As a stark contrast to the previous position, outfielders are a plenty. There are three types of players at this position: power guys, speed guys and guys that do a little bit of everything. As you’ve noticed from other rankings, there’s a premium on players how sport the power stats. This is simply because it is more difficult to replace power through a waiver claim than it is to replace the speed stats, like steals. My outfield rankings will be broken into two pieces since it’s a large group. Here are players 1-10, with a wrap of players outside the top-ten to follow:
1. Jose Bautista: Joey Bats! This dude is incredible. I’ll be honest, I wasn’t buying him last year since he didn’t have a track record of awesome seasons before his 2010 breakout. But he did it again last year and I’m officially a convert. Look at these numbers: .302 average, 43 homeruns, 20% walk rate and an OPS of 1.055. These numbers are almost irreplaceable from any other player, making this Blue Jay truly elite. Some say he’ll regress some, but I don’t see it happening if he stays healthy. His peripheral stats suggest he didn’t get lucky and that his outcomes are true. He’ll go early, and for good reason.
2. Matt Kemp: finally utilizing the potential that’s been seen in him for years, Kemp had a huge 2011. He ended up one homerun shy of 40-40 and nearly took home the Triple Crown. Unlike Bautista, I am predicting a slight regression. A couple less homers and steals, plus a reduced average still leaves you with a very special player. Kemp has the athleticism to do big things and I expect him to be in the “elite” category again for the Dodgers.
3. Curtis Granderson: the Yankees are lucky to have this guy in his prime. He was great last season, slugging 41 homeruns, driving in 119, scoring 126 and stealing 25 bases. Those stats are silly and I don’t think he’ll match them this time around, but it’ll be close. A dynamic force, you know he’ll produce in that New York lineup. He’s worth an early pick again this year and I don’t see him making it out of the second round in many drafts, and definitely not out of the third.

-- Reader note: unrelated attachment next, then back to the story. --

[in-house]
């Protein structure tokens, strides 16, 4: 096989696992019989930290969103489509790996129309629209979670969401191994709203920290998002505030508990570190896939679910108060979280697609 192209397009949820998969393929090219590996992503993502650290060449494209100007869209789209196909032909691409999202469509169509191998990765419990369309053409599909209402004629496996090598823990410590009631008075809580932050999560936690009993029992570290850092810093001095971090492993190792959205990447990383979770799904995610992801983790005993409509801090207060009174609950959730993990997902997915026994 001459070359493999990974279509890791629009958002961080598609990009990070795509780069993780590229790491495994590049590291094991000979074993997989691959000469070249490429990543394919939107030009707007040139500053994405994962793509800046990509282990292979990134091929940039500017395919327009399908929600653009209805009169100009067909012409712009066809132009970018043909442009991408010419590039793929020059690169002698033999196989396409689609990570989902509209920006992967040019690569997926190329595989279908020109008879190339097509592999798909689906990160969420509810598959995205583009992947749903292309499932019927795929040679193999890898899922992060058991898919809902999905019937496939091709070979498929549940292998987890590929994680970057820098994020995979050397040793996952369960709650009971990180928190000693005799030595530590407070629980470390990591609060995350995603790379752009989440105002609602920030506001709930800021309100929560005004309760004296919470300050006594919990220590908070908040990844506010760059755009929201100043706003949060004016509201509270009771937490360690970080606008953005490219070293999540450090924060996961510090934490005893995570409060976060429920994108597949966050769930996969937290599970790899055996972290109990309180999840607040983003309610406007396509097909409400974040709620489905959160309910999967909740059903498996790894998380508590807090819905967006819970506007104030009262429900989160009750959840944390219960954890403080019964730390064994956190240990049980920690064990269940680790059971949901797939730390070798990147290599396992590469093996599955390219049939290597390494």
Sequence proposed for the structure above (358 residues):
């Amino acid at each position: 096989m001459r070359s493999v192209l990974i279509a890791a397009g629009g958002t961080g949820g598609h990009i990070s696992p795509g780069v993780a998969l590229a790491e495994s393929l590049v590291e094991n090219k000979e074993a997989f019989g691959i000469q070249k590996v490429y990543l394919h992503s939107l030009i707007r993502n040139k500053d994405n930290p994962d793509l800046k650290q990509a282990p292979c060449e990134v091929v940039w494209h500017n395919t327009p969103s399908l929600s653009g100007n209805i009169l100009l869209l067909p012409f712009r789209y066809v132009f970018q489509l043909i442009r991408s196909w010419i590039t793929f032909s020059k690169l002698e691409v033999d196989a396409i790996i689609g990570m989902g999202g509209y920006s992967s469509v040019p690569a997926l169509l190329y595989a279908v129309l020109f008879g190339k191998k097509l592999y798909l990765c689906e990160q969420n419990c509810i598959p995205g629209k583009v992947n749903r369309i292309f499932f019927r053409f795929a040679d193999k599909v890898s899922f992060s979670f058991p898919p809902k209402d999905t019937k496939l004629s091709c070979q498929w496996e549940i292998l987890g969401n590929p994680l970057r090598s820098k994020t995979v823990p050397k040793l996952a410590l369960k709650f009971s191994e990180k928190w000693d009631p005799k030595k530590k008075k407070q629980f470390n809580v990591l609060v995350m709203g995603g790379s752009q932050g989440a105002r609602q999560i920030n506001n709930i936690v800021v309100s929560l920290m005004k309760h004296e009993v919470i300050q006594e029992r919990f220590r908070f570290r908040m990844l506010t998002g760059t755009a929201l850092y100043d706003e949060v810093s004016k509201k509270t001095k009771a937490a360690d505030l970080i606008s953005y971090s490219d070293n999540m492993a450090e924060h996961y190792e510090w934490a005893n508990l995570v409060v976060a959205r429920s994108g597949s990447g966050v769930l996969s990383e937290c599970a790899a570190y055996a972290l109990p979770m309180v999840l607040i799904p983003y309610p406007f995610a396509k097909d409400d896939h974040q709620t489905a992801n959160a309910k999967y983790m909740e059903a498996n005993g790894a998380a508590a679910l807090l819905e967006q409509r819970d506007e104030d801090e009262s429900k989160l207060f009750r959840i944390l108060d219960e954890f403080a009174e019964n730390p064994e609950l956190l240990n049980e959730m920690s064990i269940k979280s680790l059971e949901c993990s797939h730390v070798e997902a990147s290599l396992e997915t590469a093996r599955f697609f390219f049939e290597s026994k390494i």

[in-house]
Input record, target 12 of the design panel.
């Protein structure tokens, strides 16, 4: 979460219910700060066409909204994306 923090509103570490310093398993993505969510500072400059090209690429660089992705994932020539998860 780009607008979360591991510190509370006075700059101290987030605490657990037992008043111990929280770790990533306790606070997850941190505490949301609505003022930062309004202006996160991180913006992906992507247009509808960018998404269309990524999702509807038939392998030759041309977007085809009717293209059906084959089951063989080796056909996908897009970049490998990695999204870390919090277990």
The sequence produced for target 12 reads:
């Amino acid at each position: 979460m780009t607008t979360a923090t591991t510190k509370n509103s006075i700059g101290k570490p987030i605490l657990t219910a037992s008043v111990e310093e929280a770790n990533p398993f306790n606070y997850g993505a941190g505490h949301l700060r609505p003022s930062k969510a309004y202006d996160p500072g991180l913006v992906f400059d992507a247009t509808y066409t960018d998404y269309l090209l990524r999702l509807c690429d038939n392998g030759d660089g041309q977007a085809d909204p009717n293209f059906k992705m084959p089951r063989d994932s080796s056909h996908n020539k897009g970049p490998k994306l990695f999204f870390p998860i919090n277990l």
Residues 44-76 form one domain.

4. Jacoby Ellsbury: you could make a very, very compelling argument that Jacoby should have been the AL MVP in 2011. A total surprise of power arrived and his speed numbers stayed healthy, although down a little. I don’t think he’ll hit 32 homers again, but 25 are a reasonable expectation. He’s stealing less with Crawford and Gonzalez in the lineup, so the days of 60+ steals are probably gone, but he can take 40 as long as the Red Sox let him run. Always a contact guy, you can expect low strikeouts and a high average, too. An impressive player who will help you in many categories.
5. Justin Upton: here’s another young guy who has all the talent in the world and appears to be tapping into it. The Diamondbacks should be a strong in 2012 and Upton is a big reason for that. Justin is capable of hitting 35 homers and stealing 25 bases, plus driving in nearly 100 while hitting over .300. There’s absolutely nothing wrong with that! His strikeouts are bit high, but that’s a common trade-off when you’re dealing with players who hit for power.
6. Josh Hamilton: he’s a special player on a great team, meaning his value should be very high. If he can stay on the field more, he can be an MVP-type player. A full season would be something like .300/34/120, but his injury history makes me realize that a full season is somewhat unlikely. He’s worth an early pick regardless, since his production is top-notch. Just be sure you don’t count on him to carry you’re entire team, because he’ll hit the DL at some point.
7. Carlos Gonzalez: after a jaw-dropping 2010, CarGo was just “very good” in 2011. His talent and athleticism are fantastic; he just tends to be a bit injury-prone. A .300+ hitter, he can go 30-30 if he stays healthy for the Rockies. They should be a good offensive club this year, especially given that they play so many games at Coors Field. This guy is solid with the potential to be great.
8. Lance Berkman: I know, he’ll likely play first base most of the season, filling Albert’s void. He’ll still be listed as an outfielder, though, and that’s where he played in 2011, which was a very good season for a very good hitter. Long considered one of the game’s best “pure hitters,” Berkman helped lead the Cardinals to the World Series crown last year. He’s unlikely to be a .300/30/100 guy again this year, but I don’t expect a huge drop off. Pujols leaving the lineup will have some ripple effects for everybody. Lance has a long injury history, so expect to need to go to your bench at some point to replace this aging slugger.
9. Andrew McCutchen: the Buccos are a force to be reckoned with, at least when this guy’s at the plate. A true dynamic force, Andrew can hit the long ball and steal bases while putting up good walk numbers and hitting for a respectable average. 30-30 is not out of the realm of possibility for him and represents a best-case scenario. If other players can mature at the plate around him (Tabata, Walker and Alvarez come to mind), he could be very valuable. If nothing else, he’s one of the more fun players to watch day in and day out.
10. Carlos Beltran: a once top-three overall talent, Beltran is looking to be a solid contributor for St. Louis these days. He’ll play a corner outfield spot, which will likely keep him healthier as his days in center are long gone. The Cardinals’ lineup will be strong again and Beltran can still rake when he’s healthy. I like him to be a solid player who can hit for average and put up a little power, too. Sure, he’s not 40-homer guy, but a line of .300/28/95 line is good, especially this far down the list.